Seife and Lurie v. U.S. Department of Health and Human Services, et al.

About the Case

High quality medical care requires high quality evidence. To generate evidence that establishes that prescription drugs, medical devices, and other medical products are actually safe and effective, the makers of these products run or “sponsor” controlled clinical trials. Other entities, such as universities and government-run biomedical research labs, also sponsor clinical trials. Some trials show that the product is safe and effective; others show that the product is unsafe or ineffective. 
Drug and devices companies don’t always publish their results in the medical literature, where doctors and patients can find them. Instead, these companies may “cherrypick” clinical trials and choose to publish favorable clinical trial results while keeping unfavorable results secret. When published clinical results are incomplete, researchers waste time piecing together fragmentary information and repeating past work.  More critically, doctors may prescribe drugs and devices that are ineffective or unsafe because the makers of those products have hid evidence from the public. For example, the pharmaceutical giant Merck attempted to withhold and ultimately delayed disclosure of clinical trial results that established that Vioxx (rofecoxib), a best-selling painkiller, significantly increased patients’ risk of cardiovascular disease. By the time Vioxx was withdrawn from the global market, thousands of patients had already been exposed to unnecessary risk of heart attack and other serious side effects.
Incomplete reporting of clinical trial information therefore has sweeping negative consequences for medical research and for health care. (In November 2017, the Yale Collaboration for Research Integrity and Transparency (CRIT), affiliated with MFIA, published a white paper entitled “Promoting Transparency in Clinical Research: Why and How” that explains the problem in greater depth and outlines some potential solutions.) 

Congress has recognized that drug and device companies should not be allowed to hide information about the true risks and benefits of prescription drugs and medical devices from the public. A federal statute, the Food and Drug Administration Amendments Act (FDAAA), was enacted in 2007 to ensure a flow of high-quality clinical trial evidence to patients, clinicians, and researchers through the public website. FDAAA requires the sponsors of many different clinical trials of drug products and medical devices to register their trials and report trial results after completion, which NIH then posts on The law mandates that the National Institutes of Health (NIH) monitor sponsors’ compliance with these registration and reporting requirements, and it further mandates that whenever a trial sponsor does not comply, the NIH must inform the public through public notices of noncompliance posted on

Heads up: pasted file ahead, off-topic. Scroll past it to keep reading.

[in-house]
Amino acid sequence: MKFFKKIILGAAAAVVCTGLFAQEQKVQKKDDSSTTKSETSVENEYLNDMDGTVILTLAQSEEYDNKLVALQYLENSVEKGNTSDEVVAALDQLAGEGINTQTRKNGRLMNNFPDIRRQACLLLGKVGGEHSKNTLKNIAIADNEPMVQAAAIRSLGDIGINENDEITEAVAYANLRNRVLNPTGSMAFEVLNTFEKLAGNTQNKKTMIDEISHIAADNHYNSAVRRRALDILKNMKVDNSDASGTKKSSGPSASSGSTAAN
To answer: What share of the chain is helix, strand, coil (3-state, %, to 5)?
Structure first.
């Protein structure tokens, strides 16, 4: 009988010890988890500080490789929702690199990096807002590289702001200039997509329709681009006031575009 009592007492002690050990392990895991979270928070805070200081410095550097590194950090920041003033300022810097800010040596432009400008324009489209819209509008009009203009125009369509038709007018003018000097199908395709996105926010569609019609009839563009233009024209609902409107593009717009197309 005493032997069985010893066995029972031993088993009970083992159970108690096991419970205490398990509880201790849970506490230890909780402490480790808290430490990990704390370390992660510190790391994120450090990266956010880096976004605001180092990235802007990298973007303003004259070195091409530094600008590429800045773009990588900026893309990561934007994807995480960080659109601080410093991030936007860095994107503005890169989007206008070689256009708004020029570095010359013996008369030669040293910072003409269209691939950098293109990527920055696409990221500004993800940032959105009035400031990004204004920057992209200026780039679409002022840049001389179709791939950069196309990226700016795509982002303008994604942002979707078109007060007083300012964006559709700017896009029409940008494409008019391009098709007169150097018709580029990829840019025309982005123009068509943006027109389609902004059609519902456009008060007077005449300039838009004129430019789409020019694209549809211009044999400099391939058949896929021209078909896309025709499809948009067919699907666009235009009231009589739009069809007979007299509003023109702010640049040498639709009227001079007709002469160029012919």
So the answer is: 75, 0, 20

Yet after more than a decade, NIH has failed to post even a single notice of noncompliance. In addition, NIH and the Department of Health and Human Services (HHS) a rule (the “FDAAA Final Rule”) that went into effect in 2017. The FDAAA Final Rule improperly purports to exempt many clinical trials of certain FDA-approved products from any obligation to report trial results to, even though FDAAA explicitly requires sponsors to report the results of all applicable clinical trials of all FDA-approved drugs and medical devices. These actions have deprived the public of crucial information which it is entitled to receive via under FDAAA. 

On December 7, 2018, MFIA students Simon Brewer and Adam Pan and supervising attorneys Christopher Morten and John Langford filed an Administrative Procedure Act lawsuit against NIH, FDA, and HHS on behalf of investigative journalist Charles Seife and physician and transparency advocate Peter Lurie. Seife and Lurie are two leading researchers on clinical trials whose research has been hindered by the absence of clinical trial information on Their suit seeks to compel the defendants to meet their statutory obligations under FDAAA. One claim of the suit seeks a court order compelling NIH to post public notices of noncompliance on when trial sponsors fail to meet their reporting requirements, as NIH is required to do by FDAAA. Another claim of the suit challenges the improper Final Rule and asks the court to set aside the portions of the Final Rule that purport to exempt clinical trials of FDA-approved products from their obligation to report results to 

In May of 2019, the government moved to dismiss the suit and moved, in the alternative, for summary judgment. On June 10, 2019, MFIA cross-moved for summary judgment on the claims outlined above. The case remains pending as of July 2019. 

Key Documents

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